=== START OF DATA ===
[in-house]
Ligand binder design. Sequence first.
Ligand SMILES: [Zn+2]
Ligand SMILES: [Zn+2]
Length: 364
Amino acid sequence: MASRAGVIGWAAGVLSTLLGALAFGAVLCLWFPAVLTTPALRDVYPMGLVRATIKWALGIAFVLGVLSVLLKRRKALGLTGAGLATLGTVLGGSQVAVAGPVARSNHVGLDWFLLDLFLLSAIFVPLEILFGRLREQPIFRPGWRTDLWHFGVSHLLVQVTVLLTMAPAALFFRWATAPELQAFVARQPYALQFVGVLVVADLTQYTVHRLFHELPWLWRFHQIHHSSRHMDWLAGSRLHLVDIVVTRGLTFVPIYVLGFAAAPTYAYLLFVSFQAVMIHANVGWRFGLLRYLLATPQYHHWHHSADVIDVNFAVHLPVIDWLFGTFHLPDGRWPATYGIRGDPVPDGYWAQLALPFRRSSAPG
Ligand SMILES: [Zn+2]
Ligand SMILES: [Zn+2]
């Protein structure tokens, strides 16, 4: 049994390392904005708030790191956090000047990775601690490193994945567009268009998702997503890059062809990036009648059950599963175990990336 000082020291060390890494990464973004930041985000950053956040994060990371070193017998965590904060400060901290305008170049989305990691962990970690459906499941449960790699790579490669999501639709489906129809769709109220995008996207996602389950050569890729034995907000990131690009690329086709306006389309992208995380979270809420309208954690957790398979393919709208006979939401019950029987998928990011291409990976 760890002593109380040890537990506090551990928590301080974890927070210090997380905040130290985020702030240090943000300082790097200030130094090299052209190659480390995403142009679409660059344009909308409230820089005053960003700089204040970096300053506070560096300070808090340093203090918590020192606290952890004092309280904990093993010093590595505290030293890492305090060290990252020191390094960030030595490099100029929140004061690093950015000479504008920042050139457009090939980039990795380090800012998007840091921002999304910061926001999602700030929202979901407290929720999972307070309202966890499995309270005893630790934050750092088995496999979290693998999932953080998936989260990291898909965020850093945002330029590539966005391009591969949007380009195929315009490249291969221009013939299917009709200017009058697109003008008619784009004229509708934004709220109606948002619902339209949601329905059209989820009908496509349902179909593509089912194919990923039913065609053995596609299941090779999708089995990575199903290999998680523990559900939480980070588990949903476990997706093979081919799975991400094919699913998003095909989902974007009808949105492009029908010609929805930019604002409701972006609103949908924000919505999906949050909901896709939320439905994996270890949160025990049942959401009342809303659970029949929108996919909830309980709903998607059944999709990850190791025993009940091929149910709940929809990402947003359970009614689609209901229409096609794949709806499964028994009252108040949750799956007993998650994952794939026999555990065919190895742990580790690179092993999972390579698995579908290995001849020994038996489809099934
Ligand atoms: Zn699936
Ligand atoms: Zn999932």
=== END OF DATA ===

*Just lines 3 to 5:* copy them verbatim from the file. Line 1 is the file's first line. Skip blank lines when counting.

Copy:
Ligand SMILES: [Zn+2]
Ligand SMILES: [Zn+2]
Length: 364